Fishing, although one of the oldest human occupations, is carefully monitored and controlled in most modern societies in order to use natural resources most efficiently. Fishing generally requires a license or permit and is allowed only on certain bodies of water at certain times of year. Only certain types of fish and fish of certain sizes can be legally caught. The gear and equipment used to fish is also closely regulated. A breach of any of these regulations constitutes illegal fishing.
A common variety of illegal fishing involves fishing without a permit. Most states and countries require that would-be fishermen purchase licenses before fishing. This serves to limit the number of people engaged in fishing but is primarily a means of generating revenue, which is often used to fund the governmental agencies responsible for overseeing and managing fish and wildlife. States that rely heavily on tourism will often charge more for fishing licenses that are issued to visiting tourists than those issued to residents. A fishing license typically grants the right to catch a specified number of fish of certain types in a given period of time, and exceeding this bag limit constitutes illegal fishing.
The fish population varies from lake to lake, and environmental restrictions are often different for different bodies of water. Lakes with many visitors or fragile ecosystems are often more carefully monitored, and fishing on these lakes may be further restricted. In some cases, no fishing is permitted whatsoever. In others, fishing is permitted during only certain parts of the year.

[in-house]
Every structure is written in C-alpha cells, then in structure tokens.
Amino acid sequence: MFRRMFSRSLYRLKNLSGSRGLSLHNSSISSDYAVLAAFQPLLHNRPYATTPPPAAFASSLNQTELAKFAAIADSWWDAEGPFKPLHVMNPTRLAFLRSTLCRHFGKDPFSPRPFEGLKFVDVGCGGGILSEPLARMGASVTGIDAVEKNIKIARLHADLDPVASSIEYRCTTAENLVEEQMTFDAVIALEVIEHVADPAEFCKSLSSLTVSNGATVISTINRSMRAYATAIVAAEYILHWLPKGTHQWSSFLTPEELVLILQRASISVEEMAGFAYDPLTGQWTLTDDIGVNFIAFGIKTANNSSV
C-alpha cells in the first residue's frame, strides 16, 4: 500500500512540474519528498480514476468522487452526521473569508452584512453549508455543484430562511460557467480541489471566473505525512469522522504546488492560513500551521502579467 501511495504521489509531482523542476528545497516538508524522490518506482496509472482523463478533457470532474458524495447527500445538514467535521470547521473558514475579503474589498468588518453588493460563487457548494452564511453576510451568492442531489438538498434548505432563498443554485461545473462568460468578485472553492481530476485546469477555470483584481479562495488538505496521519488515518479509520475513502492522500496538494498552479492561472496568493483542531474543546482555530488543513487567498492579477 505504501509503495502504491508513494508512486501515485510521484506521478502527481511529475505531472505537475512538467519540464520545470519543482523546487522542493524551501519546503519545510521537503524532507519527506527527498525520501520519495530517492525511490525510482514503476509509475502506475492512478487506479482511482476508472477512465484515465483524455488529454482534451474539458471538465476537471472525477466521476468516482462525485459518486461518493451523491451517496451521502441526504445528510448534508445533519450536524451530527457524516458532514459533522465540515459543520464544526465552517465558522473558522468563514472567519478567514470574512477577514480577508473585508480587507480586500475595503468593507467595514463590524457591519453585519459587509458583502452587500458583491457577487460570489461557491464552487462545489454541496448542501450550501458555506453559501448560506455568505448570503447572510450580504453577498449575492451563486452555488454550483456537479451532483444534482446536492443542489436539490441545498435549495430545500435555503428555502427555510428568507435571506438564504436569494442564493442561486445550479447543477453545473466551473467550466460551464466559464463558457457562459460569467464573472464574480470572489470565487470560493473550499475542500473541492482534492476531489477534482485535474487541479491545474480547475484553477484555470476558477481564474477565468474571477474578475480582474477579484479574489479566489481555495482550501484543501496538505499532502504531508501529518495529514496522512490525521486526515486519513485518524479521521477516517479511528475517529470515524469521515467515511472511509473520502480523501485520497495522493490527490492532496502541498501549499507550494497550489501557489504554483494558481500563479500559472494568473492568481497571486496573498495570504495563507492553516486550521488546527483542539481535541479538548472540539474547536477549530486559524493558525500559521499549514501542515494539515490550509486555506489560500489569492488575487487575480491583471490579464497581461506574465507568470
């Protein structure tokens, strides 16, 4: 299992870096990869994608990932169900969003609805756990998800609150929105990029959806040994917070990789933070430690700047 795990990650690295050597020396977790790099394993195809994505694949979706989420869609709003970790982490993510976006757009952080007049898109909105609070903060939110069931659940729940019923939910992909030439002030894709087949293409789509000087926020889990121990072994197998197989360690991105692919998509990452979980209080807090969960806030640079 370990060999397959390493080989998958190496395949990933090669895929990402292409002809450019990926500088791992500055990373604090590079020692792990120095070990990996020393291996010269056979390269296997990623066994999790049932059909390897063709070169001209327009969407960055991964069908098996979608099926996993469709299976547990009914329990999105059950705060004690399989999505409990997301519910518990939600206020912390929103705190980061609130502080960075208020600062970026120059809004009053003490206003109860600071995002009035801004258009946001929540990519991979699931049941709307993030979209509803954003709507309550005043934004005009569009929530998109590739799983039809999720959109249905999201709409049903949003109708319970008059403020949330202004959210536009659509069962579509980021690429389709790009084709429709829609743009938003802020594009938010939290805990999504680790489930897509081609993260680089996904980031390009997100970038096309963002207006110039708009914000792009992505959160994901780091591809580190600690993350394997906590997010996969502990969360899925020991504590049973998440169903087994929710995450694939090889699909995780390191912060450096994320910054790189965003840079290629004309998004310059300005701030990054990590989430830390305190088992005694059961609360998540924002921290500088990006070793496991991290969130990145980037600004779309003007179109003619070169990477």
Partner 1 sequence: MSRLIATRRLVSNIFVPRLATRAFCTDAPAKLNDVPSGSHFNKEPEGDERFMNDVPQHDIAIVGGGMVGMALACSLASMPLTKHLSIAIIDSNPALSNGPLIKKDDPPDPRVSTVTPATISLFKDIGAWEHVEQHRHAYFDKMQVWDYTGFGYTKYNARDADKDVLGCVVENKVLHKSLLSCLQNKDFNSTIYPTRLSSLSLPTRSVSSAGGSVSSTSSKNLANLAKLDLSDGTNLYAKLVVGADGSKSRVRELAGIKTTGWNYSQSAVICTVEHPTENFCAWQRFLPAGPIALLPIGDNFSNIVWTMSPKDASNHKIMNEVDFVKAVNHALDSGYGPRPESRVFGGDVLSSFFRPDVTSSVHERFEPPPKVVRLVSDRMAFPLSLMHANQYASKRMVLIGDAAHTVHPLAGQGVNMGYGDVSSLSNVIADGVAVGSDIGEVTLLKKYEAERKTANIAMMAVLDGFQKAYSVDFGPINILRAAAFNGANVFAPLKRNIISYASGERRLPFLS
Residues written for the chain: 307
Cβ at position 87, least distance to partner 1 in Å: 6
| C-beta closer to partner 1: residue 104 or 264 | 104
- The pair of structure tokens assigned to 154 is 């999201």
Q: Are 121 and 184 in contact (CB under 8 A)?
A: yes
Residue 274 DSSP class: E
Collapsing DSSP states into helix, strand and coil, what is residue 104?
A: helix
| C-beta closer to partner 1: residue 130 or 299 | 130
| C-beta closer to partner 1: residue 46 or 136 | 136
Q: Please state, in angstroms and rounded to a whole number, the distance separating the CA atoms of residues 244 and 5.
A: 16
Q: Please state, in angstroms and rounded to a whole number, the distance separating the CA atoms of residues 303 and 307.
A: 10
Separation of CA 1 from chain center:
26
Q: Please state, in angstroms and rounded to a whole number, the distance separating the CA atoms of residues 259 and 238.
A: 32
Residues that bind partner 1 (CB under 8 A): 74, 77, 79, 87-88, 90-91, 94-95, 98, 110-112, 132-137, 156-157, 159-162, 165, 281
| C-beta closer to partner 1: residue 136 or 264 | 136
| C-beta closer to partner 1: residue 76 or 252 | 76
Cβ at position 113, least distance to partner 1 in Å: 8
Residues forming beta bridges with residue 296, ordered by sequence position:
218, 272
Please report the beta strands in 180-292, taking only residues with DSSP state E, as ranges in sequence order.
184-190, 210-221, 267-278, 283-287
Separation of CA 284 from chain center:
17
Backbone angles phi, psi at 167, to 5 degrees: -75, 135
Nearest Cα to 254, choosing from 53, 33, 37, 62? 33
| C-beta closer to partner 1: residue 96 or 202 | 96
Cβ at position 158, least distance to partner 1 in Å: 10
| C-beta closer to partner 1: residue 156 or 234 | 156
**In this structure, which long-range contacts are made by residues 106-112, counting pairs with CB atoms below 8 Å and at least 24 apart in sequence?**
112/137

The species and size of fish caught is also regulated. Popular game fish, such as northern pike, can be caught in limited numbers, and only fish of a certain minimum size can legally be kept. This type of prohibition ensures that fish are able to reach reproductive age and allows the fish stocks to maintain themselves. Catching smaller fish is obviously permitted, but keeping them is a form of illegal fishing. Invasive species and nuisance fish can generally be caught in unlimited numbers and at any size.
Illegal fishing can also involve the use of prohibited fishing techniques. Spear fishing is not generally permitted although exceptions are made for certain native peoples with a long history of fishing in this fashion. A more extreme example of an illegal fishing technique is the use of explosives. Water transmits concussive force very well, and even small explosives can stun or kill fish. Needless to say, this practice is almost universally prohibited.